I awoke at one am because of odd and painful behavior in my right leg. A toe rebellion, initiating high up in the spinal column, making a serious stop-over at the konked knee and culminating in a frozen spasm of the foot. The incident lasted close to an hour. A once-only event, I hope – the body clearing out remnants from last Sunday’s stumble. The recurring image while the episode lasted: that of a horse with a lame foot with ripples moving down his back. Nerve endings, trying to clear the signals for a better connection.
Story: word by word. Interruptions: a fact of life. Lawyers and Toulouse Higher Court for most of this day. No idea what to expect for the young men, decision-wise. I’ll bring along reading and writing materials; camera too, of course.
Story: word after word. Out of nowhere, an ancient Greek word crops up in my head, in its French incarnation: clepsydre. A water clock. Noted here for further research. Prep for the day takes precedence for now. Of course, I’ll have to click A post to keep afloat in categories applicable to this post.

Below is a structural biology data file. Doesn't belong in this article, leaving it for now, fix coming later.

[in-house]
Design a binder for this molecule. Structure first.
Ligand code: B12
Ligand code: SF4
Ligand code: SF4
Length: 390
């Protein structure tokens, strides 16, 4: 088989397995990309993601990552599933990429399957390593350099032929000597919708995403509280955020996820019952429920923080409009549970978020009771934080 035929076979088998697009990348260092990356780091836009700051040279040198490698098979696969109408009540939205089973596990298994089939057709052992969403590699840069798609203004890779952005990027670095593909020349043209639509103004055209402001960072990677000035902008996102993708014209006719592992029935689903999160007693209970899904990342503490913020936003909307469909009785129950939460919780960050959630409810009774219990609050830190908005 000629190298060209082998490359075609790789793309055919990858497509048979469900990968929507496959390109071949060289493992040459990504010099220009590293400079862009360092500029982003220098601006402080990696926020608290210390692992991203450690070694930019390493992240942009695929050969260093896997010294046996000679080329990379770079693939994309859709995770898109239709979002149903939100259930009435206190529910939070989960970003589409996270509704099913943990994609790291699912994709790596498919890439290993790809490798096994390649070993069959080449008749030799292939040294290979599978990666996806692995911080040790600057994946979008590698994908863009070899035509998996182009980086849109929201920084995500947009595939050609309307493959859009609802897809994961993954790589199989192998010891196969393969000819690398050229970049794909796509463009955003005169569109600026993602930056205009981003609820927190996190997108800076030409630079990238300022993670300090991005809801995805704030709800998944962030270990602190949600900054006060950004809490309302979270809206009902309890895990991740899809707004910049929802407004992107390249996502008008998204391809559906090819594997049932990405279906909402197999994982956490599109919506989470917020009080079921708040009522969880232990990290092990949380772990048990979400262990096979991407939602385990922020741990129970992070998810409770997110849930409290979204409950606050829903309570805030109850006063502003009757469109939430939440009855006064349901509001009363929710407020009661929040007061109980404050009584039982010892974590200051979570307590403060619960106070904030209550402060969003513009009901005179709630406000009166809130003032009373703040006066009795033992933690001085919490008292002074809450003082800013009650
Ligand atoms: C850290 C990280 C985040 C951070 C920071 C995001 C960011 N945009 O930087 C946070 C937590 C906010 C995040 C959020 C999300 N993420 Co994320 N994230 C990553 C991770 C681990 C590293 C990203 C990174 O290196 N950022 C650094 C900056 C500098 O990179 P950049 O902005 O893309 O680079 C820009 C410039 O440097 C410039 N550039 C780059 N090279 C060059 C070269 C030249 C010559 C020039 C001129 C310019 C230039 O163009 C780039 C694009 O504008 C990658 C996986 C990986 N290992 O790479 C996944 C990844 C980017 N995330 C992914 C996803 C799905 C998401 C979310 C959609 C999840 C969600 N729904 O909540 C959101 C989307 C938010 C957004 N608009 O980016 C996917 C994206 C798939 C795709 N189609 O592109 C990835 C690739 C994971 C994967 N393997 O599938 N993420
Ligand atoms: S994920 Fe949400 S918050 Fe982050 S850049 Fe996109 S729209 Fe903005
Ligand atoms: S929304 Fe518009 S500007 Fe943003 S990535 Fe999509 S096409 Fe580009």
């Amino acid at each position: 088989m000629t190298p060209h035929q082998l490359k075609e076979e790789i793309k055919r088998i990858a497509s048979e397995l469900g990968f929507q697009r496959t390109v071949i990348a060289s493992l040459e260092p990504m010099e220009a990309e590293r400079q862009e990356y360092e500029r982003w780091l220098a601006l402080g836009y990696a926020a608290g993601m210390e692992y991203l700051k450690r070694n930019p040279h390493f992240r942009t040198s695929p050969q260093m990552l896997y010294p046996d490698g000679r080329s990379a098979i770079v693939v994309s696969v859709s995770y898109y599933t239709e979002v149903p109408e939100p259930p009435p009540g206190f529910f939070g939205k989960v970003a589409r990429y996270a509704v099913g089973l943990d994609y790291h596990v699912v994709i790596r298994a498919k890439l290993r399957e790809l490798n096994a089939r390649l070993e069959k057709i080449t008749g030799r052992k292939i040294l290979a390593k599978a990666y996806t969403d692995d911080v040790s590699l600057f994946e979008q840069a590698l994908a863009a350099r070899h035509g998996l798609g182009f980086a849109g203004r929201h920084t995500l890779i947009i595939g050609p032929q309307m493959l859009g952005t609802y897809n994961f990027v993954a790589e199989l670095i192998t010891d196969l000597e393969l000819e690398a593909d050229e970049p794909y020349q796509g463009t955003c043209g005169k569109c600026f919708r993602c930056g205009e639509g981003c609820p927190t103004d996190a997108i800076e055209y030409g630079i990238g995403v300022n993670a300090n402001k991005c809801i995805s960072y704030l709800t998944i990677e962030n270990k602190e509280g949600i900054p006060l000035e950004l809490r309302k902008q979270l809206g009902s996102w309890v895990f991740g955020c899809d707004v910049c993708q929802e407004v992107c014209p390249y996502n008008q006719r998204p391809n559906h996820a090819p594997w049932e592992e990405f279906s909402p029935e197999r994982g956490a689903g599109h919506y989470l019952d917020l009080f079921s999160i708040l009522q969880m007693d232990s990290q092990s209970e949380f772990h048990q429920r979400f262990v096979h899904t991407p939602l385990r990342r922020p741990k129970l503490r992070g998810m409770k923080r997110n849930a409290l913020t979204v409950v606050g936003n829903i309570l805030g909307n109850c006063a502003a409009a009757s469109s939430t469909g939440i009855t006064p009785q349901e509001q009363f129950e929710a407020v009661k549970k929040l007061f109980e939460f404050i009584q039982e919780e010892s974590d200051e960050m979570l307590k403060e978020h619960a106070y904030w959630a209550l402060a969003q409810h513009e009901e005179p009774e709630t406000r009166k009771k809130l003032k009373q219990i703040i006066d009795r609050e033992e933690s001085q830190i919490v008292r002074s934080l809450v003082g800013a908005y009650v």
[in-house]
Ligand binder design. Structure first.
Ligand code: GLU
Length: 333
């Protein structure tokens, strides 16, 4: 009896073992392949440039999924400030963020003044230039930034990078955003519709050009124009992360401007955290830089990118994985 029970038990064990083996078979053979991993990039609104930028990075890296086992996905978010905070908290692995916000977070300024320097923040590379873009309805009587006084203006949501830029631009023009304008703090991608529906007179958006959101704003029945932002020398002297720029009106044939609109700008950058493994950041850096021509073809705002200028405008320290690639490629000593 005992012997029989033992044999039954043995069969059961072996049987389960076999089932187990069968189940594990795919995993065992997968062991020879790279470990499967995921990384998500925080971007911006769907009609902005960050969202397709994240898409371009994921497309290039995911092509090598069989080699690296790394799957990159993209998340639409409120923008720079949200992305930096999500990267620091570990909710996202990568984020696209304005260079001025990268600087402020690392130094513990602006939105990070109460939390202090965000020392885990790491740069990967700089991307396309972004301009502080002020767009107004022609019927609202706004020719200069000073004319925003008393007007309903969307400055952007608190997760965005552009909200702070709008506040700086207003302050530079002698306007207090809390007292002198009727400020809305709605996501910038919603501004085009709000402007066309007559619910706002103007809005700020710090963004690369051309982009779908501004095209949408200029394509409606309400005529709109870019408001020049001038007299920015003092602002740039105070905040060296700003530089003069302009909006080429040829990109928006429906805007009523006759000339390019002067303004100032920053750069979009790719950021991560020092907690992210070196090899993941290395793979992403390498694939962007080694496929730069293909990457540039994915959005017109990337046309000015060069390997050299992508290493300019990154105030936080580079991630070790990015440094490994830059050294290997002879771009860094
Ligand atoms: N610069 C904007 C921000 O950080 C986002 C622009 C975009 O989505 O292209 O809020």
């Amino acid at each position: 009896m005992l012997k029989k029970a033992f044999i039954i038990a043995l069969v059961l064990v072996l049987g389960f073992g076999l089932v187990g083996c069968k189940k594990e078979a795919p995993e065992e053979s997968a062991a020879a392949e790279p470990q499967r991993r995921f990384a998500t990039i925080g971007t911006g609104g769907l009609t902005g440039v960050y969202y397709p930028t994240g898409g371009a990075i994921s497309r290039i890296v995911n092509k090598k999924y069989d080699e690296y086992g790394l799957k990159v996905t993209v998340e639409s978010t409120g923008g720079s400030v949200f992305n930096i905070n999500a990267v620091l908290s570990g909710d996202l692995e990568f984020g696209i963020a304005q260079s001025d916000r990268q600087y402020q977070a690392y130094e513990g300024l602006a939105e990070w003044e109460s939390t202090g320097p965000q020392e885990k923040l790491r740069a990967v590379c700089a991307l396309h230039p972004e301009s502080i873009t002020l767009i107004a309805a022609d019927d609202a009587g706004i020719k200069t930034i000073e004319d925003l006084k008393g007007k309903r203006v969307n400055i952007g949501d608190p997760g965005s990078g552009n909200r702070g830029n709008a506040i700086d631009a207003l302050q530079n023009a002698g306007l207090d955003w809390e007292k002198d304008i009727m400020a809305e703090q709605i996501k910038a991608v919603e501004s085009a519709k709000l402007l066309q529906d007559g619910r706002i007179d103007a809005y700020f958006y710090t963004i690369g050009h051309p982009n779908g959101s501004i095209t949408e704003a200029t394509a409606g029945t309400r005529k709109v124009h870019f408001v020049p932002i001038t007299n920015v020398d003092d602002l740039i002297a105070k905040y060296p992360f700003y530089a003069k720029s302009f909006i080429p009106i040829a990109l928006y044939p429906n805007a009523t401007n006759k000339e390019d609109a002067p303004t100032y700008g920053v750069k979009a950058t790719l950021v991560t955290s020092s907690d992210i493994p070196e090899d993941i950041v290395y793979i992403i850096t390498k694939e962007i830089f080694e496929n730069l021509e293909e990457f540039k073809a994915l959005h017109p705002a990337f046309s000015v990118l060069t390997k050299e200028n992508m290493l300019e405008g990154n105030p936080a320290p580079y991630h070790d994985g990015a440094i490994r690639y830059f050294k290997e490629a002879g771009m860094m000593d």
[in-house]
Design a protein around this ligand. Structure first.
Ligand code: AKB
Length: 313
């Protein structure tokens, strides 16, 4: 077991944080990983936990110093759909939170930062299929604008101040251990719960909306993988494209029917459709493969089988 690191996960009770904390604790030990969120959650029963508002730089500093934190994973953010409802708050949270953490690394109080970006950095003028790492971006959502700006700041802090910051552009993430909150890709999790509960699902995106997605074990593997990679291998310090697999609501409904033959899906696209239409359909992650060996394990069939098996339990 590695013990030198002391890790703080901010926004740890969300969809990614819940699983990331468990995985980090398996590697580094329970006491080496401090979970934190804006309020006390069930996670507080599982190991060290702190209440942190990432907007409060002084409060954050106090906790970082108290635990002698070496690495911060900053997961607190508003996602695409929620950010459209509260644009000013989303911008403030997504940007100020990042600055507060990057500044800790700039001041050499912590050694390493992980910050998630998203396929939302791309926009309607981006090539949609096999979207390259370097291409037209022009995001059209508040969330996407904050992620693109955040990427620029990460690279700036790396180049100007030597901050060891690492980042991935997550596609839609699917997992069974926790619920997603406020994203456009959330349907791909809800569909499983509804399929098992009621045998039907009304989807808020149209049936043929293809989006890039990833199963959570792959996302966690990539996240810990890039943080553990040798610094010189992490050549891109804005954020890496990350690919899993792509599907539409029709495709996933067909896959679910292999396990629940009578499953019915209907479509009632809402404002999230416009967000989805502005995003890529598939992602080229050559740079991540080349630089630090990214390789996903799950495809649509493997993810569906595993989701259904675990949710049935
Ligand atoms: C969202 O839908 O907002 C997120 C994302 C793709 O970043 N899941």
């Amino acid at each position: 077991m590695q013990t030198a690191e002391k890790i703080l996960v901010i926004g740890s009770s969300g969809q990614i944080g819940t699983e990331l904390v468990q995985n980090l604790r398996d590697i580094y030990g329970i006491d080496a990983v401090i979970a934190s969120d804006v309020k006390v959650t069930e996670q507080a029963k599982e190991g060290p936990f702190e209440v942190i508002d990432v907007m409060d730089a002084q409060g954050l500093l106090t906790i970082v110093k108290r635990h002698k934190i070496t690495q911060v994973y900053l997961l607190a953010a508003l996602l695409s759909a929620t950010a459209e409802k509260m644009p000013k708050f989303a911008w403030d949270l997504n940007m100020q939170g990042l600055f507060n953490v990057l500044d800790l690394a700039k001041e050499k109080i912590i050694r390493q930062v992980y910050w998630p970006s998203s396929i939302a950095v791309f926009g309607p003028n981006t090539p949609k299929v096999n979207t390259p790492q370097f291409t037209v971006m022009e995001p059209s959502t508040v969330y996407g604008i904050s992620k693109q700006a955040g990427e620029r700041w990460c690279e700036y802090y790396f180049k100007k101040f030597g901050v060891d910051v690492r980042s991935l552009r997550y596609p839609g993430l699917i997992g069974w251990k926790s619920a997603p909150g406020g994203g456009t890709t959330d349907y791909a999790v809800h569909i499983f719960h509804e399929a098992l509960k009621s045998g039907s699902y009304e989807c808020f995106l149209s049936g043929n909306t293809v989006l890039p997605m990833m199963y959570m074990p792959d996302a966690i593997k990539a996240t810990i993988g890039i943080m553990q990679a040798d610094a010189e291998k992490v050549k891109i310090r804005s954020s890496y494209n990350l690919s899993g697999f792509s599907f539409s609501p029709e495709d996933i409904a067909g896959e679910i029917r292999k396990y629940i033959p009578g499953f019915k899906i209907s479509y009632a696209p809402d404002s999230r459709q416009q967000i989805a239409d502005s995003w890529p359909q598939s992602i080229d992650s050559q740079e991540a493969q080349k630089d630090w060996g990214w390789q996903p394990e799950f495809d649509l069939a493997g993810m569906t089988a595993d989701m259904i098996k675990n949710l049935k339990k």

The decision will come down on April 29th. Three of the boys were handed back the originals of their papers. Authentic papers, all three, including one with photo and fingerprint. Even in this case, the prosecutor argues no one can prove the bearer of the papers is indeed the person facing the judge. As for the fourth, since no one can prove his papers are authentic, the prosecutor and the court decide the papers are false. Besides, he was thrown out on the street before his eighteenth birthday. He is now eighteen, therefore the court rules it has no grounds on which to decide anything in his case. In other words: limbo that may or may not lead to an expulsion order.
Voilà how the wheels of justice grind down evidence until it is but a mote in someone’s eye. Their lawyer will attend tomorrow’s Citizen Meeting. et vogue la galère.
Patience, patience and more patience.